The accompanying image is taken from Dom Bedos’ ‘ l’art du Facteur d’ Orgues’ (1776), and shows, among other things, a single organ-blower, operating one of three ‘feeders’ – or possibly, pumping two of the levers together, while an Organist, using a Manual and the Pedals, is keeping a vigilant eye on the blower. There is a square-shaped ‘Conveyance’ to take the wind towards the pipes. Not, as it appears to be, on the wall, is a figure showing how the movement of a Pedal, through a series of levers – pull-downs, trackers, backfalls – will open the ‘Pallet’ (the dark block ‘b’), a sprung, leather-covered valve, that will allow wind into the ‘Windchest’, and to the relevant pipe, but with a ‘regulator’ interposed (‘17’), to act rather like the smoothing condenser capacitor in a power-supply, Again, as far as I know (‘despite Brexit’) the pressure is normally expressed in ‘inches of wind’(as it were, the Voltage), measured by the water-level in a simple U-tube manometer. Often, in a pipe-organ, the large amount of floor-space taken up by the instrument is because the Reservoir will be a very large set of bellows, the upper surface covered with cast-iron weights (often proudly bearing the Builder’s initials), perhaps assisted by a set of steel springs.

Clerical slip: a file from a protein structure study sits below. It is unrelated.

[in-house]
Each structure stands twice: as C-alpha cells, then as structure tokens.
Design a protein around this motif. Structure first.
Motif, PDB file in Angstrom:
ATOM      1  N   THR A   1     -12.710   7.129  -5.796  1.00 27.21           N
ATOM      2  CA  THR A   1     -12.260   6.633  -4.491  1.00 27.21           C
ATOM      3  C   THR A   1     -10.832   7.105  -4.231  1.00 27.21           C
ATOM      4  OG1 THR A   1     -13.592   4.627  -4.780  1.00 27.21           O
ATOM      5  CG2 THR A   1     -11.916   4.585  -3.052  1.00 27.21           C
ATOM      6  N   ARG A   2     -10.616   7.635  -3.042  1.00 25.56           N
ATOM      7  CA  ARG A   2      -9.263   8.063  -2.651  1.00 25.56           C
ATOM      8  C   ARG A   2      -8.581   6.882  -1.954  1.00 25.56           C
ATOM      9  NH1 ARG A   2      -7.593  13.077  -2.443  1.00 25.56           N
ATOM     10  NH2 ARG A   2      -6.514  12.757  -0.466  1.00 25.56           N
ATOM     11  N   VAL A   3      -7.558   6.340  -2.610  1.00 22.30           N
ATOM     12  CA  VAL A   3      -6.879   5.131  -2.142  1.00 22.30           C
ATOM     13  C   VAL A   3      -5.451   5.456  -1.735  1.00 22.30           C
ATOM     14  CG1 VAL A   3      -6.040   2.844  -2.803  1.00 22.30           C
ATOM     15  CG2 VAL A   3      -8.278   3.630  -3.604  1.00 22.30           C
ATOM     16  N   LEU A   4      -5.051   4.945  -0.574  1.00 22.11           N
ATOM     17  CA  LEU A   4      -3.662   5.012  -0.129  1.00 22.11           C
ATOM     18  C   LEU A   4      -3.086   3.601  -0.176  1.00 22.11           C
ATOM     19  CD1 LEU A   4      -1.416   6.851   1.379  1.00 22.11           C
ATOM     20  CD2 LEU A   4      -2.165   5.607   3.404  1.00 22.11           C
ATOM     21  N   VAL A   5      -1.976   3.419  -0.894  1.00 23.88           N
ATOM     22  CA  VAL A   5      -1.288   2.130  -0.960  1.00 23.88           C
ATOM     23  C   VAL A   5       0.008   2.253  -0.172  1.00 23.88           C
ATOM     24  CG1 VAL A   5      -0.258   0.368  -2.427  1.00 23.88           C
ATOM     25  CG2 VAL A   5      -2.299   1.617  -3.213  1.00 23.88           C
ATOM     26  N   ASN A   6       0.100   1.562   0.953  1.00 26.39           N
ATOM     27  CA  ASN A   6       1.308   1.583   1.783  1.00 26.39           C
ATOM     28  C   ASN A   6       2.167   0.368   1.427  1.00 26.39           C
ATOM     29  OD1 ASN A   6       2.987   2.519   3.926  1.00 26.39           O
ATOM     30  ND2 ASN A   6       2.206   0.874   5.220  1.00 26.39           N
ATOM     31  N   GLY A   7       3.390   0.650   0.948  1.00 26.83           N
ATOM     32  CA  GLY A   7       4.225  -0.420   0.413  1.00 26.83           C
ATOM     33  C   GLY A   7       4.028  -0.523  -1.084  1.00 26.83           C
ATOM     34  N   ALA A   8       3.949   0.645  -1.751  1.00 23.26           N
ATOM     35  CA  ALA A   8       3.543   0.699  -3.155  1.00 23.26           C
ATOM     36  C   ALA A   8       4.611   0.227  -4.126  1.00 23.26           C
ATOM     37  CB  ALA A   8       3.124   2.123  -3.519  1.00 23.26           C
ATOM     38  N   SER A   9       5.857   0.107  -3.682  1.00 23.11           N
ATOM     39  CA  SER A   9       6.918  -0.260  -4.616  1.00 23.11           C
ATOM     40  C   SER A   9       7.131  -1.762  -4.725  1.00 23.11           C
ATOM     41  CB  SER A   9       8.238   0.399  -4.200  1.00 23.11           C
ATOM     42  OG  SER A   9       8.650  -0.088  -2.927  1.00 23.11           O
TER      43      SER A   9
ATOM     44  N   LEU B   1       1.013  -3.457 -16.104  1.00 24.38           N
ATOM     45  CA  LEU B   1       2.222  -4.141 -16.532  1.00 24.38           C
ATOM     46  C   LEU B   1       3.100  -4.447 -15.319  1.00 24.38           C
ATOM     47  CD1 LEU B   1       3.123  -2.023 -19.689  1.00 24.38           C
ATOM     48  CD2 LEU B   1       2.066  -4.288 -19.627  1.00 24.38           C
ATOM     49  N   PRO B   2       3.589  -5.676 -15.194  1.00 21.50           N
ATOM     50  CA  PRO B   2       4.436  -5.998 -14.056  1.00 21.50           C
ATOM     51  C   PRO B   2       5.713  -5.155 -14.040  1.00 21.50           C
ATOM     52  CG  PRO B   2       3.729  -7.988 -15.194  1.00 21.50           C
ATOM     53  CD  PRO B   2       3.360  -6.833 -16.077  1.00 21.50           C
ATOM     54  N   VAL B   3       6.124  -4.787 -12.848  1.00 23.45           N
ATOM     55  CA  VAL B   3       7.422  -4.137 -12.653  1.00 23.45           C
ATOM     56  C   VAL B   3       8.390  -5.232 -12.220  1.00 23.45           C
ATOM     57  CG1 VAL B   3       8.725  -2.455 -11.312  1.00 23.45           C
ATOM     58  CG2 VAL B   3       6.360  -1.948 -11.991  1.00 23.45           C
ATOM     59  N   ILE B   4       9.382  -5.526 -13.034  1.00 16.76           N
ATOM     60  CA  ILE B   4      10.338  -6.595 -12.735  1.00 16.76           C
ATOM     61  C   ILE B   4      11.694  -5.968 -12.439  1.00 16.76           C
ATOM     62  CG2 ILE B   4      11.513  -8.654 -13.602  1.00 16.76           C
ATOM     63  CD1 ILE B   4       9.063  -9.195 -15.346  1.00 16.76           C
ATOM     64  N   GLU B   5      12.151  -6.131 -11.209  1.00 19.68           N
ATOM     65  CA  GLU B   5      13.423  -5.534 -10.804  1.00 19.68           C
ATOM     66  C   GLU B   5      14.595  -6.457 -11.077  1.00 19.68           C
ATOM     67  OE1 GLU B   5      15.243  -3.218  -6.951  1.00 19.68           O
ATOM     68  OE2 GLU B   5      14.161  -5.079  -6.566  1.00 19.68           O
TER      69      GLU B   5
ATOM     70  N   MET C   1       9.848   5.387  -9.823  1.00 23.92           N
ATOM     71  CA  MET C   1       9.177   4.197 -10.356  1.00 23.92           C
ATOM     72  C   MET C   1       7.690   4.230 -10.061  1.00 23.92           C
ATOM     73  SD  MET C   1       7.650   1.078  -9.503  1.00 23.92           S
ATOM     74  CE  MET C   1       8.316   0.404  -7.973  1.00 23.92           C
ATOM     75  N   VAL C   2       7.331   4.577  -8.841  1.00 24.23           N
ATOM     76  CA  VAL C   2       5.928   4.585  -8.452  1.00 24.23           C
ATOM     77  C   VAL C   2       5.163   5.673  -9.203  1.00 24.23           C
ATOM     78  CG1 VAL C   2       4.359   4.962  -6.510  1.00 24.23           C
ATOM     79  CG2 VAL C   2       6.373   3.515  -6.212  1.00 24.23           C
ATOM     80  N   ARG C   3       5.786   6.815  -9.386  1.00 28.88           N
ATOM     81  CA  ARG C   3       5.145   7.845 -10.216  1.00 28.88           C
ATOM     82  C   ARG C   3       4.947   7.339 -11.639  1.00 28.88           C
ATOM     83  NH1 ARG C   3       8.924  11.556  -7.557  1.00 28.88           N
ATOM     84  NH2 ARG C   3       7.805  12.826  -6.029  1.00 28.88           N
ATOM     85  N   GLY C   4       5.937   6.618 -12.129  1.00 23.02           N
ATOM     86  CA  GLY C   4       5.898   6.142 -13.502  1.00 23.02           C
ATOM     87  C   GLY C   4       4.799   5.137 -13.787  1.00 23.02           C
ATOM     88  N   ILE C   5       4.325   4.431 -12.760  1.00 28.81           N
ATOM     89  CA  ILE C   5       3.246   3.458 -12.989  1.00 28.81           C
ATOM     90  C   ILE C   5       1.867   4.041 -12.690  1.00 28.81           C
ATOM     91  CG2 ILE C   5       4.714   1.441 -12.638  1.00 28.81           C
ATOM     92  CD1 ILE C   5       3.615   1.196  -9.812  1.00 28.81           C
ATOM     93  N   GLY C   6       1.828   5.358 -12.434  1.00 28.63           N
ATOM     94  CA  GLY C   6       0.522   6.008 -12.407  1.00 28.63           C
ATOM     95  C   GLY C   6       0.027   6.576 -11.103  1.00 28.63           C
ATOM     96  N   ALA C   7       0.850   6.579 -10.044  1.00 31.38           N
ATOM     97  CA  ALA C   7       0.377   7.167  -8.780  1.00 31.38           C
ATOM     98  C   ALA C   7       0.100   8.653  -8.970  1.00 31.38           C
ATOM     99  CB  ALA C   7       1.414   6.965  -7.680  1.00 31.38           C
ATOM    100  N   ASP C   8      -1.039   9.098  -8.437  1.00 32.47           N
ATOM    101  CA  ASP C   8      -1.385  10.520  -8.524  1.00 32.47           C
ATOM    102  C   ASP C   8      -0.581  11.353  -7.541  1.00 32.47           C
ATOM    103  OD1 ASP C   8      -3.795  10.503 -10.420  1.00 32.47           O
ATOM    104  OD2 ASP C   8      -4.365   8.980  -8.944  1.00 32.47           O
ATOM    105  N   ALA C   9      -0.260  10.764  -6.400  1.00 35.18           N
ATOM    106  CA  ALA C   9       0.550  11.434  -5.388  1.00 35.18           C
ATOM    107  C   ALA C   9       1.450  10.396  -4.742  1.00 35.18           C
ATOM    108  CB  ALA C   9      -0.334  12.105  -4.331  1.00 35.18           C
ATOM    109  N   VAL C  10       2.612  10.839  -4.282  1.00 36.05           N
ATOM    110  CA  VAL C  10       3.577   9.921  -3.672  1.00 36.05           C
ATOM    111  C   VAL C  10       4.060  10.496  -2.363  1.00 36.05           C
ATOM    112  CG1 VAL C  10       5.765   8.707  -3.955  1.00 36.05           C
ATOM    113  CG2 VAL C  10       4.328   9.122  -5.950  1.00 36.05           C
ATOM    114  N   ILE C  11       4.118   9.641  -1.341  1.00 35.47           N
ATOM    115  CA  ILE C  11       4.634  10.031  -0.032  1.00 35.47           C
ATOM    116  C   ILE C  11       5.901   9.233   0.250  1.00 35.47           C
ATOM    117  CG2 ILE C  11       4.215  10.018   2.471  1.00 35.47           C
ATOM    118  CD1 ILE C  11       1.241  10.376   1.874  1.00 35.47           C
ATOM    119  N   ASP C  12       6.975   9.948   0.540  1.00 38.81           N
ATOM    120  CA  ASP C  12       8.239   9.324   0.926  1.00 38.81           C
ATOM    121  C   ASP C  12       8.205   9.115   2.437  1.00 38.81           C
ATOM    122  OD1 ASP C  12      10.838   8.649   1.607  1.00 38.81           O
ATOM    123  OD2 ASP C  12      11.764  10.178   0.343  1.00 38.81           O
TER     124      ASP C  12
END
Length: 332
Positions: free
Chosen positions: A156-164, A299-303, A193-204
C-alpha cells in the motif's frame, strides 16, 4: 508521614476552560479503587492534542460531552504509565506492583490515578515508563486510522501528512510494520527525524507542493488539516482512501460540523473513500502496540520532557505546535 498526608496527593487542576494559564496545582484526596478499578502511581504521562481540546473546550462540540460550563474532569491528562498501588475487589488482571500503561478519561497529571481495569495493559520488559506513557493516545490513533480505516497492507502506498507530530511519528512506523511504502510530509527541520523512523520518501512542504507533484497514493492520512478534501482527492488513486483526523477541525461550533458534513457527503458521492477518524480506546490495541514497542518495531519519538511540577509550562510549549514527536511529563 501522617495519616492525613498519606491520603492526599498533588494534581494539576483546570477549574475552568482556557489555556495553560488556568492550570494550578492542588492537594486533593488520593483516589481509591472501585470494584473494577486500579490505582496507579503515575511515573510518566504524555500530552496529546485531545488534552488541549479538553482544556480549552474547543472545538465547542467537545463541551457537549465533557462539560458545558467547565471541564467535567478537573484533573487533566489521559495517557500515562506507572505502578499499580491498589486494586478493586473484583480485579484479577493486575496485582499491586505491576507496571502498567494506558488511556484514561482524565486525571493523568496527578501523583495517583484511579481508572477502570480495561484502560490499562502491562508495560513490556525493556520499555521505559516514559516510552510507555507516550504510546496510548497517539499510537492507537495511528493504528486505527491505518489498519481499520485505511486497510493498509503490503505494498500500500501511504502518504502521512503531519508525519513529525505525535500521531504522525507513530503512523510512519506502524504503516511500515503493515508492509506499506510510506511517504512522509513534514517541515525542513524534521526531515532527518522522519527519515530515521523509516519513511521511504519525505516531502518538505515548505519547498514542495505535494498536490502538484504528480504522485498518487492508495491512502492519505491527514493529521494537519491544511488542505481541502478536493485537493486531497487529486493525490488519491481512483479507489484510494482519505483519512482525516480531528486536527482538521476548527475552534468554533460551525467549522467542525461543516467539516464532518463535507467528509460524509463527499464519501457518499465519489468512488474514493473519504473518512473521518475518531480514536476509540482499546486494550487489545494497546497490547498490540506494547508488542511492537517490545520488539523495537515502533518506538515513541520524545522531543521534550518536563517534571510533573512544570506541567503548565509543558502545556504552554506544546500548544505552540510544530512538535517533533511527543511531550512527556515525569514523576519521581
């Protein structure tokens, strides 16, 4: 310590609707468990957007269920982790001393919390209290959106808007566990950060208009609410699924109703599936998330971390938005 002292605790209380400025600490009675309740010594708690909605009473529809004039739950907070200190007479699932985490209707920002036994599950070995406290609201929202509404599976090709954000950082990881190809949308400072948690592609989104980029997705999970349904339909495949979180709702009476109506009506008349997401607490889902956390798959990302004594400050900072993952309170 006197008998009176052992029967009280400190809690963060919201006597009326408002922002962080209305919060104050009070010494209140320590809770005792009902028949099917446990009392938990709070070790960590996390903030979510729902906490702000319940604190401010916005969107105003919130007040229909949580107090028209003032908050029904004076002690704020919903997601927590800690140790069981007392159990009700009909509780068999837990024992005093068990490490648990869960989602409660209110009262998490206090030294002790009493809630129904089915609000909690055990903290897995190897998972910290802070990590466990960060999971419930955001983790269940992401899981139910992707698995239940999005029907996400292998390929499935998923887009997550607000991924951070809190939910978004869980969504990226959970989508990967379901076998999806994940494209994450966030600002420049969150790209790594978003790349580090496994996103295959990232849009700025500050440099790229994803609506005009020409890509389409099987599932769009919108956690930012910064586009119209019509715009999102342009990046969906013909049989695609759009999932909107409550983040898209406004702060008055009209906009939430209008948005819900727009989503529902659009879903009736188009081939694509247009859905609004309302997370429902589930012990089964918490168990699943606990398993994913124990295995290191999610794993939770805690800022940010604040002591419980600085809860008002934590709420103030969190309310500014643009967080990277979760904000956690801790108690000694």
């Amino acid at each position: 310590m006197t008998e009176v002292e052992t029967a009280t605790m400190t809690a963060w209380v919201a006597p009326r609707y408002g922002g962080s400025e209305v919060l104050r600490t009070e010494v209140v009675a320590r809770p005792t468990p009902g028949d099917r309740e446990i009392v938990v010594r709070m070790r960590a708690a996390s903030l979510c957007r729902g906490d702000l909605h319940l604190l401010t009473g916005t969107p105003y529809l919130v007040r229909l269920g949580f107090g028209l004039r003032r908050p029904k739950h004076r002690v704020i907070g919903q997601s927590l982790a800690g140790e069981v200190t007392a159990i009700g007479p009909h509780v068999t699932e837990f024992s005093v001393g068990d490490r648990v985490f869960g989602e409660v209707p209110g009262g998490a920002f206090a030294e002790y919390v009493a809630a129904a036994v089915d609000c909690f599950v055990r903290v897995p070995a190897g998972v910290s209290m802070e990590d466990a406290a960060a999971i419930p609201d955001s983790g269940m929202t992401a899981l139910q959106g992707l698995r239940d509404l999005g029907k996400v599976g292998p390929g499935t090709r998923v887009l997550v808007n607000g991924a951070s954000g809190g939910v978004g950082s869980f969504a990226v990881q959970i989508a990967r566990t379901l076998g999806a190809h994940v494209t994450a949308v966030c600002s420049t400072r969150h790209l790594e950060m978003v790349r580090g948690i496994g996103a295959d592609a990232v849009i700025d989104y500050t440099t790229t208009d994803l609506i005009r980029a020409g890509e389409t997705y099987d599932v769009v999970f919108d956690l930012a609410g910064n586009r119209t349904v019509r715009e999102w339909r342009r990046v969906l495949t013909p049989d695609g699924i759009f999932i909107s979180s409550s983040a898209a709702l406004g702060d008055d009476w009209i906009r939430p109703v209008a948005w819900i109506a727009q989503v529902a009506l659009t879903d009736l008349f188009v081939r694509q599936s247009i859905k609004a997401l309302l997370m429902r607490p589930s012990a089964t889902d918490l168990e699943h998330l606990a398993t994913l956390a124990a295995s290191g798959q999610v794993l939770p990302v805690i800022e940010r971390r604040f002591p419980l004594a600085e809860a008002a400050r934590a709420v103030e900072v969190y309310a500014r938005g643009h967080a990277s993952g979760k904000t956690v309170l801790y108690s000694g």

Continue reading “The Organ (ii)”


O Come, All Ye Faithful

OldTrout, Going Postal
“Holy Mother of God, be thou the cause of peace for Siena and life to Duccio because he painted thee thus.”